No Company Is An Island: Cisco Readies New UC Server

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The move is part of a push by Cisco to broaden the ways companies use collaborative UC tools beyond their own walls, using Cisco equipment, software and what Cisco hopes will be an industry-standard protocol.

According to Cisco, it will also drive significant new opportunities for Cisco VARs and service provider partners. The goal, according to Cisco, is to connect enterprises more effectively instead of leaving them as individual UC "islands."

"UC has primarily been an intracompany kind of technology," offered Tony Bates, senior vice president and general manager for Cisco's Enterprise, Commercial and Small Business Unit, at a TelePresence briefing for media and analysts Thursday.

How the IME works is that if users in separate enterprises start a video conference session, they can use their existing phone numbers and video-ready UC clients, be they softphones or video phones, to do so. Using the IME, the sessions are VoIP calls, free over an IP network.

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The basic deployment uses the IME server and Cisco's most current UC products, but much of the functionality can extend to older Cisco and some third-party gear using Cisco Session Manager.

The first time a user makes a call using the IME, the IME automatically "remembers" that call -- collects and keeps information about it, that is -- to route it over the proper IP network the next time it's made and determine the UC clients each party is able to use.

After the first session using IME from one company to another, calls made over the system don't go over the public switched telephone network (PSTN) anymore, they go over what the IME has determined is the best IP network to use.

Callers don't change anything about how they initiate sessions, and IT administrators don't have to change or update clients, according to Cisco. Individual administrators can attach policy controls such as restrictions on which callers can use video, Cisco explained, and also encrypt calls.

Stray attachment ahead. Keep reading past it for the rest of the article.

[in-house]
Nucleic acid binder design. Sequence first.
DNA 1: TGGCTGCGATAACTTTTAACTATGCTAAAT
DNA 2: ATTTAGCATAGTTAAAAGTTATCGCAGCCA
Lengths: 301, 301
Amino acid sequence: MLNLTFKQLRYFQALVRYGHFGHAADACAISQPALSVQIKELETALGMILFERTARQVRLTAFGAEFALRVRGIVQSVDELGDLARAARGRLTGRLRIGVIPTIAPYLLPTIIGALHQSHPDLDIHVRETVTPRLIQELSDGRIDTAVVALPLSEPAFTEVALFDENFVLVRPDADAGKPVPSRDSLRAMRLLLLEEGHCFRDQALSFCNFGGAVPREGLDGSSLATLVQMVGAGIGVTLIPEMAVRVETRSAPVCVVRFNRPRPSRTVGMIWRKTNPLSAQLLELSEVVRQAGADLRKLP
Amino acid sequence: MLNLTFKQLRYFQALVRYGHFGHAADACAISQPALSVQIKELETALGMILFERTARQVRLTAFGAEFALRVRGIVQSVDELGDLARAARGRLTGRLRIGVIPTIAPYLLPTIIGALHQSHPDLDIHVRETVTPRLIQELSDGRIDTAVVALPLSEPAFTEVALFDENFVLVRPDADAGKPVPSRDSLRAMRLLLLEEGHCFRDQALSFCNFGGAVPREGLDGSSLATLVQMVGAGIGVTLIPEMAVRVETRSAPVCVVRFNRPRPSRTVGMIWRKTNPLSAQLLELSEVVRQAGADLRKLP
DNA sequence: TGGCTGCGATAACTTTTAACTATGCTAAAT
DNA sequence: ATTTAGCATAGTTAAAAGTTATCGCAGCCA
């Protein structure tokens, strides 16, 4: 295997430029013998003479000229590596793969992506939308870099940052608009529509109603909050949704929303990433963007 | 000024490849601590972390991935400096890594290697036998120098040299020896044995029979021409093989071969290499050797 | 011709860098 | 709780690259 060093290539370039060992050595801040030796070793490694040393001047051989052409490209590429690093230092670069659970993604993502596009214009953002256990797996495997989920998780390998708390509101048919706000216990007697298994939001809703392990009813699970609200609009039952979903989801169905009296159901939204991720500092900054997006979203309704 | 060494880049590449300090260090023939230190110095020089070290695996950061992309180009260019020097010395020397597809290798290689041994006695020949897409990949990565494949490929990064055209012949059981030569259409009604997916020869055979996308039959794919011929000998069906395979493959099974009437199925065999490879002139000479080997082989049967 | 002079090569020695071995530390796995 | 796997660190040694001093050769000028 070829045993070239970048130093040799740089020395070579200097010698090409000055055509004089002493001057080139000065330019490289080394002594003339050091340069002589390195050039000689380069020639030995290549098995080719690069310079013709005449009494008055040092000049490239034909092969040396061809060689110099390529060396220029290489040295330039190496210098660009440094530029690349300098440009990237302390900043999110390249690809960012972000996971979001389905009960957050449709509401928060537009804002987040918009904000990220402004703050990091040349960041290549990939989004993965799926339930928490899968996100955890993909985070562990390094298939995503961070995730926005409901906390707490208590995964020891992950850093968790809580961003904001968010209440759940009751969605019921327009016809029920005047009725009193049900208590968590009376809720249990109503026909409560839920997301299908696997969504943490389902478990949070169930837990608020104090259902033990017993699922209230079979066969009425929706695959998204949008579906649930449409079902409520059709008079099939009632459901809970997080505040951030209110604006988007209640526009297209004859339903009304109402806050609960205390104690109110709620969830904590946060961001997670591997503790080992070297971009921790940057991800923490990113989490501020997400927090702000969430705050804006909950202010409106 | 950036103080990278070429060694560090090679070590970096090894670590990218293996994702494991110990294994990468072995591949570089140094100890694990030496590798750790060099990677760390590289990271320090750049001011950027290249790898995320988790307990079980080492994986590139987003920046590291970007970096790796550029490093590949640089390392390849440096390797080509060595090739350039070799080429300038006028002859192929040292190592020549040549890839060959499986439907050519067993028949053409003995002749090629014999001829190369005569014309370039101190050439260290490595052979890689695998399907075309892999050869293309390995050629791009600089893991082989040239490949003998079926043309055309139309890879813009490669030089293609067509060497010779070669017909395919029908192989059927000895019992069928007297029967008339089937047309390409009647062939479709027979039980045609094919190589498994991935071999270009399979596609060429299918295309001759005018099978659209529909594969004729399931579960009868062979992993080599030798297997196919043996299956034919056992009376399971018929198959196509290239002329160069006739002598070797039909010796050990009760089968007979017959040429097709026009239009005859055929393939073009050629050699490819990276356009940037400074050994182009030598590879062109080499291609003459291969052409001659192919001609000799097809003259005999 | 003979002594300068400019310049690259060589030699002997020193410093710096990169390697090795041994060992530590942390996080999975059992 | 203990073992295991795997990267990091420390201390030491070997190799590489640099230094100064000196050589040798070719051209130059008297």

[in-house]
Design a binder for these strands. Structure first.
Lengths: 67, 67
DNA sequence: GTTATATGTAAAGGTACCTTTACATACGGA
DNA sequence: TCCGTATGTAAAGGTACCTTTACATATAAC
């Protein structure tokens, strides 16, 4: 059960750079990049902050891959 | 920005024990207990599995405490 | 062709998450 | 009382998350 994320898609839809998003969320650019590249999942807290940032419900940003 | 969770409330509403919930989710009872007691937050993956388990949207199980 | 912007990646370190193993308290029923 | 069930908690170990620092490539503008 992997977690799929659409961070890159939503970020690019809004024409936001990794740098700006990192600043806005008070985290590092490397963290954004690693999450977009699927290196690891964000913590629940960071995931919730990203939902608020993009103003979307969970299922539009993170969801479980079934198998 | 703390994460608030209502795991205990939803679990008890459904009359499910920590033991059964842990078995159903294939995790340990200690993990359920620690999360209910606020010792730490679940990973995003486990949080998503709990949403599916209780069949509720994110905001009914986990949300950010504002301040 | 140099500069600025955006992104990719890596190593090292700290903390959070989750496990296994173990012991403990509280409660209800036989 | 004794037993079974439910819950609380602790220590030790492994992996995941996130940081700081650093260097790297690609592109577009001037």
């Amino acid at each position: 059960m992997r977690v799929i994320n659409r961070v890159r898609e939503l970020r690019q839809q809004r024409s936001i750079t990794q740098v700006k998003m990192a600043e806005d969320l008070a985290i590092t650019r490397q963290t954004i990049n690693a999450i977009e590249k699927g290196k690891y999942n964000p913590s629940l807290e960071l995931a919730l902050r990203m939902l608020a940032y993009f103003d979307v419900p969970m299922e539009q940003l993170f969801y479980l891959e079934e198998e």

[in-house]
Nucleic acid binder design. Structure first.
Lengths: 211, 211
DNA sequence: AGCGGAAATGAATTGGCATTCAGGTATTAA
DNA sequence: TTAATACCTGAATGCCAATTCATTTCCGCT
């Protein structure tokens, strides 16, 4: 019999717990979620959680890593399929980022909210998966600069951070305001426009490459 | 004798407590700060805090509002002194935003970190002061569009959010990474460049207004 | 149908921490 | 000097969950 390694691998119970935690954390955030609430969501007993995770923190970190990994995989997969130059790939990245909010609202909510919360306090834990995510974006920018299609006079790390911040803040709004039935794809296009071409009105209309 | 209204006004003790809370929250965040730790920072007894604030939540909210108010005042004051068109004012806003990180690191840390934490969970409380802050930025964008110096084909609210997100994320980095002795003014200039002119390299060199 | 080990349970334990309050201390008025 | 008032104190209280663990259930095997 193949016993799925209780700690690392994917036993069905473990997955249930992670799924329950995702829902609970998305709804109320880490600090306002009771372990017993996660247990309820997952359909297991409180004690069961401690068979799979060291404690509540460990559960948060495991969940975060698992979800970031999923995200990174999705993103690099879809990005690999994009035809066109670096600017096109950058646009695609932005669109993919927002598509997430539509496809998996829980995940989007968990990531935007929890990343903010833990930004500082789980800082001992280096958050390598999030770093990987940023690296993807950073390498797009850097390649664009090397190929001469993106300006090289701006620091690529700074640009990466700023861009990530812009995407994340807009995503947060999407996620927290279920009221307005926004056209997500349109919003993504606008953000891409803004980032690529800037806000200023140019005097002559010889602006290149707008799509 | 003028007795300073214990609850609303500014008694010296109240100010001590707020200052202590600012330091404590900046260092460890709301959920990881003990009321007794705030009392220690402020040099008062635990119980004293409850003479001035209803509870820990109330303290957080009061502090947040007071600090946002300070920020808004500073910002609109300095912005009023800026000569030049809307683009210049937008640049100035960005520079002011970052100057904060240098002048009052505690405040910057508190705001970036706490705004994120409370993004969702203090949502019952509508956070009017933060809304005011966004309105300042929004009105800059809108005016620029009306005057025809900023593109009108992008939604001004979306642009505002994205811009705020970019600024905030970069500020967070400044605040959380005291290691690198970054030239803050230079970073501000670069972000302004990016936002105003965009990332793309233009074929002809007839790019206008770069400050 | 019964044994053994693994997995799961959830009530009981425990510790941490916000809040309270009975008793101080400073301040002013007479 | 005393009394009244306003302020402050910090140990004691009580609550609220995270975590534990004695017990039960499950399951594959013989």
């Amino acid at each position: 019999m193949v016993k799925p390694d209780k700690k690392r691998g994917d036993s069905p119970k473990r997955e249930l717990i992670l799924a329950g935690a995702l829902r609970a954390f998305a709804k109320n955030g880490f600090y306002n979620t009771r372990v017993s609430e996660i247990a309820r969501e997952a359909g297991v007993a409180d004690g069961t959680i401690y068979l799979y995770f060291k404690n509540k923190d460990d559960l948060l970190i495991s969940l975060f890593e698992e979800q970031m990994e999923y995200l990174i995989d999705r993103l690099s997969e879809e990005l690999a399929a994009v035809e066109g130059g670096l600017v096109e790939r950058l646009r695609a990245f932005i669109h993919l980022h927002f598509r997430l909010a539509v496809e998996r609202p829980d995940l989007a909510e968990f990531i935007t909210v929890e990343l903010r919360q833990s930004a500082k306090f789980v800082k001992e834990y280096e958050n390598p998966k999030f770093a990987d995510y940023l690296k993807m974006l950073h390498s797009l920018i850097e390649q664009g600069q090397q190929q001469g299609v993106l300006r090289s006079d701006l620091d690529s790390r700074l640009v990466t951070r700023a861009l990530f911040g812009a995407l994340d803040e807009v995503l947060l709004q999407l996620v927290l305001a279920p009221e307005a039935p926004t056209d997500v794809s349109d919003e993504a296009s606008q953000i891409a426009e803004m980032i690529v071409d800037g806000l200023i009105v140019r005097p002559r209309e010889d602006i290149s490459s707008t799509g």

That's the key difference between enterprise-class UC systems that go company to company, and consumer-driven video calling platforms like Skype, according to Cisco.

What's required is that each enterprise have Cisco UC infrastructure, although in the future, said Bates, the IME will work with any UC system compatible with Viper, a new protocol developed by Cisco for use with the IME.

The IME, with Viper as the underpinning, can direct how information moves between UC systems at different enterprises using SIP (session initiated protocol) signaling.

Cisco submitted Viper to the Internet Engineering Task Force (IETF) in November to be considered as a standard.

"The Viper standard means it doesn't have to be Cisco at both ends," said Joe Burton, Cisco's chief technology officer for UC. "What we envision is not just point-to-point but creating a broader opportunity around [IME]. We think about this as a rising tide for everyone in the industry. We're laying down a standards-based way for increasing the value of intercompany communications." IMEs servers will need to be based at each location that uses them. They will be sold through Cisco's UC channel the same way its other UC products are, Cisco confirmed.

Cisco did not confirm pricing for IME, and said it will be made available in the next few weeks. It plans to officially announce IME at VoiceCon in Orlando later this month.

"The interest we're seeing is internal as well as external," said Gerard Florian, chief technology officer for Dimension Data's Australian division, which participated in the briefing. "It presents an opportunity for us to improve relations internally and also move out into industries like education and construction. It's a way to be closer to those customers."

Florian also suggested that for the channel, IME presents a significant managed services opportunity beyond sales of UC products -- opportunities for service providers to tailor services packages with advanced features, for example.

The arrival of the IME is the next stage in a collaboration product blitz by Cisco that more or less began last fall. In November, Cisco announced 60 new products in the areas of video and UC networking, and also saw Cisco enter social media software, hosted e-mail and other business application markets for the first time.

The messaging applications, collectively the Enterprise Communication Platform, will be part of Cisco's UC line. The ECM from a product standpoint will be known as Cisco Quad, according to Bates, and is currently in beta.

Cisco did not offer additional details around its pending acquisition of Tandberg, but according to Bates, "things are on track" and Cisco is at work on how Tandberg's myriad videoconferencing products will fit into the Cisco UC portfolio.

Last month, Cisco offered a few details of how Tandberg will be part of its new Cisco TelePresence Technology Group, and said that Tandberg sales and channel organizations will become a "specialist sales team" within Cisco.